I came across this Court of Appeal case this evening.
Director of Legal Aid Casework v the Queen on the application of Sunita Sisangia 2016
It all hinges on whether wrongful arrest is an ‘abuse of power’ and thus covered by the provisions of LASPO as something you can get legal aid to sue for. It is all a bit dry and technical, but where it ends up is the Court of Appeal having a legal geek out about words and phrases that can’t really be tied down to a definition, but you know them when you see them.
I had not realised that things as simple as ‘building’, ‘income’ ‘trade’ ‘invention’ and ‘gaming’ come into that category. And so, we learn today, does ‘abuse of power’
[The fact that our tax law can’t define income might explain why Google and Facebook have such meagre taxbills… thank you, I’m here all week. Try the chicken.]
- In my judgment the fact that a definition of “abuse of position or power” of universal application cannot be extracted from the authorities does not mean that the term defined can be ignored. It is equally possible, indeed probable, that Parliament’s intention was that it should be left to the courts to develop what the phrase means. In other areas of the law this is clearly so. For example in the field of taxation Parliament has never attempted to define “income” or “trade”. In the intellectual property world neither Parliament nor the drafters of the European Patent Convention have ever tried to define the word “invention”. As Pumfrey J said in Shoppalotto.com Ltd v Comptroller General of Patents, Designs and Trade Marks  EWHC 2416 (Pat) 396,  RPC 293 at :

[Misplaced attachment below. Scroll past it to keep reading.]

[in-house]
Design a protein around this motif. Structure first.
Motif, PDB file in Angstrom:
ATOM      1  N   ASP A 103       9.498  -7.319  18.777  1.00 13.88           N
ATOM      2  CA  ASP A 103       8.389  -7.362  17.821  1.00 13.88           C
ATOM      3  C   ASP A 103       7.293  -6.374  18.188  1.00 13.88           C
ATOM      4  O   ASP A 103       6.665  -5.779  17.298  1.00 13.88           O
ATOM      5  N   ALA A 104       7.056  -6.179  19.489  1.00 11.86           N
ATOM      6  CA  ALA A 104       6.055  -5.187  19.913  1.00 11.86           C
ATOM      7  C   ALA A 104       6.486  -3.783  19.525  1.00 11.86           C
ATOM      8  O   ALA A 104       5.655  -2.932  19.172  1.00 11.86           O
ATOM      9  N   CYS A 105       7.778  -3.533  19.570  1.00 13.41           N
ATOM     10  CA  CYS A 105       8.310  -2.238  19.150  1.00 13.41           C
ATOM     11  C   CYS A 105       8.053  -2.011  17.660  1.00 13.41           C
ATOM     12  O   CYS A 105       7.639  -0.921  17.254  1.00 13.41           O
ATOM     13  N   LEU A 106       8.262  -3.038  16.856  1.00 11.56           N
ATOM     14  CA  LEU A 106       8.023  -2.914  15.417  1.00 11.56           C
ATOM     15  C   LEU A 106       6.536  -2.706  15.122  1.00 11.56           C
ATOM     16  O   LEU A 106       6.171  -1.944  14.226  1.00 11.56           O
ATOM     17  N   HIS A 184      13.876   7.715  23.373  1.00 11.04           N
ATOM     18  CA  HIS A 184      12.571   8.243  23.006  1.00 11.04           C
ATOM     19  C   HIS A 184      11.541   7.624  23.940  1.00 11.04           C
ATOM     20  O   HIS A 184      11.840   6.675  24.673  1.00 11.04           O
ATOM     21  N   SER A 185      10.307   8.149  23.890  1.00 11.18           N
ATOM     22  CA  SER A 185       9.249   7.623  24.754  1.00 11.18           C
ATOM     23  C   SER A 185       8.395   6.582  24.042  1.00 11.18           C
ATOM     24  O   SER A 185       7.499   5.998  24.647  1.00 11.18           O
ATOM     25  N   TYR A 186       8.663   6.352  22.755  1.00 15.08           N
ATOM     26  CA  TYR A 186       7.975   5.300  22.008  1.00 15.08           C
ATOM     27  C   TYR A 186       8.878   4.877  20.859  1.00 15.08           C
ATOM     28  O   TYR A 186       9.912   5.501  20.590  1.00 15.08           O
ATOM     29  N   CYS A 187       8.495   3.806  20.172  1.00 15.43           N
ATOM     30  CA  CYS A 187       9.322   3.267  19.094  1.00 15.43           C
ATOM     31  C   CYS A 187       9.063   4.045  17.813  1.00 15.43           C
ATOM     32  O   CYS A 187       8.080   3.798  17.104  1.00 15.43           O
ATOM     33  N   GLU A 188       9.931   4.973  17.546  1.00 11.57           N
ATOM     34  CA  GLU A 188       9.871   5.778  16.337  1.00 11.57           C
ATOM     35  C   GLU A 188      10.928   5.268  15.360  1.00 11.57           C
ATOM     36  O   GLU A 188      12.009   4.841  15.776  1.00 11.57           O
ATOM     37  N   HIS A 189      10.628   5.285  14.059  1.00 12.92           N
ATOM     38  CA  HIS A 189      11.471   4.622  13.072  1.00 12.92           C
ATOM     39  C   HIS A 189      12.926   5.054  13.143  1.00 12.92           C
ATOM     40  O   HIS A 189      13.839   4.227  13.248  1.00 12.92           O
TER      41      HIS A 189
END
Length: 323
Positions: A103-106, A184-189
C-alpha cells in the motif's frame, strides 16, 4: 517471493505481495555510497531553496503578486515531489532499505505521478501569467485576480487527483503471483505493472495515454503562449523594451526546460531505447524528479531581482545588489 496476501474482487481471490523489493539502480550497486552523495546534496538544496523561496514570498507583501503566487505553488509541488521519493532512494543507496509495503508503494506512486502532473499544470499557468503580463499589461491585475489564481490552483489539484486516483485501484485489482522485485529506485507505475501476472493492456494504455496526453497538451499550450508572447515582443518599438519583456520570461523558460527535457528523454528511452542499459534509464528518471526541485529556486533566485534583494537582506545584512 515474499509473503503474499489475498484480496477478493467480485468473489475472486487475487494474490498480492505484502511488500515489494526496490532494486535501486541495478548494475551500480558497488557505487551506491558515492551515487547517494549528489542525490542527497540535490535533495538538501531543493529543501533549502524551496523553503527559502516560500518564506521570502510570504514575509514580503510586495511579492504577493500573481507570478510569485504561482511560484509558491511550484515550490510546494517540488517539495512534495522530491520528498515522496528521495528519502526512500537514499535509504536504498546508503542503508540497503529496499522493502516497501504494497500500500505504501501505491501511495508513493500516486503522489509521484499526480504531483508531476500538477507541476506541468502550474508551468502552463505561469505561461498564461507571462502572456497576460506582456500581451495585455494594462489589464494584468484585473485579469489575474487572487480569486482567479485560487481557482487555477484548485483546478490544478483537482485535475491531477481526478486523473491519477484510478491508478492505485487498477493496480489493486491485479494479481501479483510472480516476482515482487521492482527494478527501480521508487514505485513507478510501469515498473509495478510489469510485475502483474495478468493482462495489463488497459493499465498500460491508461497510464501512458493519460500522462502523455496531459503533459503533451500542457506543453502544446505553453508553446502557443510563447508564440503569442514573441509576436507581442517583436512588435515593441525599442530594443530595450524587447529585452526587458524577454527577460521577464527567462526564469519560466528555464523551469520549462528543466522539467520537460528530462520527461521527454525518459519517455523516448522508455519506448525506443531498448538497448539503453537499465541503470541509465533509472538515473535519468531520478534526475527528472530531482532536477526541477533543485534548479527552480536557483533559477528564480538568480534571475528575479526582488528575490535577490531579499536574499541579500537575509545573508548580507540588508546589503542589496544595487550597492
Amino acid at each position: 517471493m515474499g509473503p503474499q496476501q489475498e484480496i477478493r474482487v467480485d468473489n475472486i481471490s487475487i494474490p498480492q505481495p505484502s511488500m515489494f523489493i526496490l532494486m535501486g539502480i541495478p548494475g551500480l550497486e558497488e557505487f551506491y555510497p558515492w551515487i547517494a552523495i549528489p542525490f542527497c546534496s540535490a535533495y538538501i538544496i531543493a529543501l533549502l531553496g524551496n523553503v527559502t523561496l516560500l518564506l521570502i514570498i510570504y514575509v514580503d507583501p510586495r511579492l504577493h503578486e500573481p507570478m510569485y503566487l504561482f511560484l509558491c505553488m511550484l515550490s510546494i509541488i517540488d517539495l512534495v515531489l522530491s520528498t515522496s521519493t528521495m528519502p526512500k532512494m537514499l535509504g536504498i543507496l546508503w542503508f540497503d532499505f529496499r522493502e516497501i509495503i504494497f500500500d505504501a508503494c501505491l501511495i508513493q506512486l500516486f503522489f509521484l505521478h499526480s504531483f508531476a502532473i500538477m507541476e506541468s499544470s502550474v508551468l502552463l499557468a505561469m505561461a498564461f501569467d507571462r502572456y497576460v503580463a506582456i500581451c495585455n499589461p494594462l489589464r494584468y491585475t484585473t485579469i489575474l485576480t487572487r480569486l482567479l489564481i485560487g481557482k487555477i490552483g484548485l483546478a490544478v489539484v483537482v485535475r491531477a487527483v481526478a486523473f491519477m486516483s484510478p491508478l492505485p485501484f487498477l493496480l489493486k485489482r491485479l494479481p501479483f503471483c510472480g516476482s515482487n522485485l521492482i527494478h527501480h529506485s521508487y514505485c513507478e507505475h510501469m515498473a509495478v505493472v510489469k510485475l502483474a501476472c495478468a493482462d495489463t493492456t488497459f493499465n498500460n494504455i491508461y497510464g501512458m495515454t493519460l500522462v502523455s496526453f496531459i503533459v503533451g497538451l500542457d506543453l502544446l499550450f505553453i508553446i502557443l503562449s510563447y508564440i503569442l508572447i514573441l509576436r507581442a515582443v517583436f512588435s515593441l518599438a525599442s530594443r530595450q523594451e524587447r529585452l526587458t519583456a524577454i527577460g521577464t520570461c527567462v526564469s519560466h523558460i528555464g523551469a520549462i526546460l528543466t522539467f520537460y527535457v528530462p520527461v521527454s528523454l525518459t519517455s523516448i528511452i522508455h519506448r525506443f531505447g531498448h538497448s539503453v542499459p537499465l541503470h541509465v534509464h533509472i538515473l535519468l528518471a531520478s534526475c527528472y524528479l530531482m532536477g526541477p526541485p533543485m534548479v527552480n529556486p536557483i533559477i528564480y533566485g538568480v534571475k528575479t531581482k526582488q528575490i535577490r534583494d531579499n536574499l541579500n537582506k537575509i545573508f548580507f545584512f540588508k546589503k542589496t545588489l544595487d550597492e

“A moment’s thought will show that it is not possible to provide an exhaustive definition of “invention”. The Convention does not attempt to interpret the word but provides a list of things which are excluded, whether or not they would be regarded as inventions.”
“The imperfection of human language renders it not only difficult, but absolutely impossible, to define the word “building” with any approach to accuracy. One may say of this or that structure, this or that is not a building; but no general definition can be given; and our lexicographers do not attempt it.”
- The natural meaning of the term defined may be its meaning in ordinary discourse, or it may be its meaning as a legal concept. This is illustrated by McCollom v Wrightson  AC 522 where the meaning of “gaming” as a defined term in section 55 of the Betting, Gaming and Lotteries Act 1963 was coloured by the meaning given to the word “gaming” by the common law.
- The fact that “abuse of position or power” cannot be given a hard-edged definition does not mean that the concept itself is meaningless. A number of judges have, in different contexts, explained what they perceived to be the ingredients of an abuse of power. In R (Puhlhofer) v Hillingdon LBC  AC 484, 518 Lord Brightman (with whom the other Law Lords agreed) said obiter:
“The ground upon which the courts will review the exercise of an administrative discretion is abuse of power – e.g. bad faith, a mistake in construing the limits of the power, a procedural irregularity, or unreasonableness in the Wednesbury sense – unreasonableness verging on an absurdity.”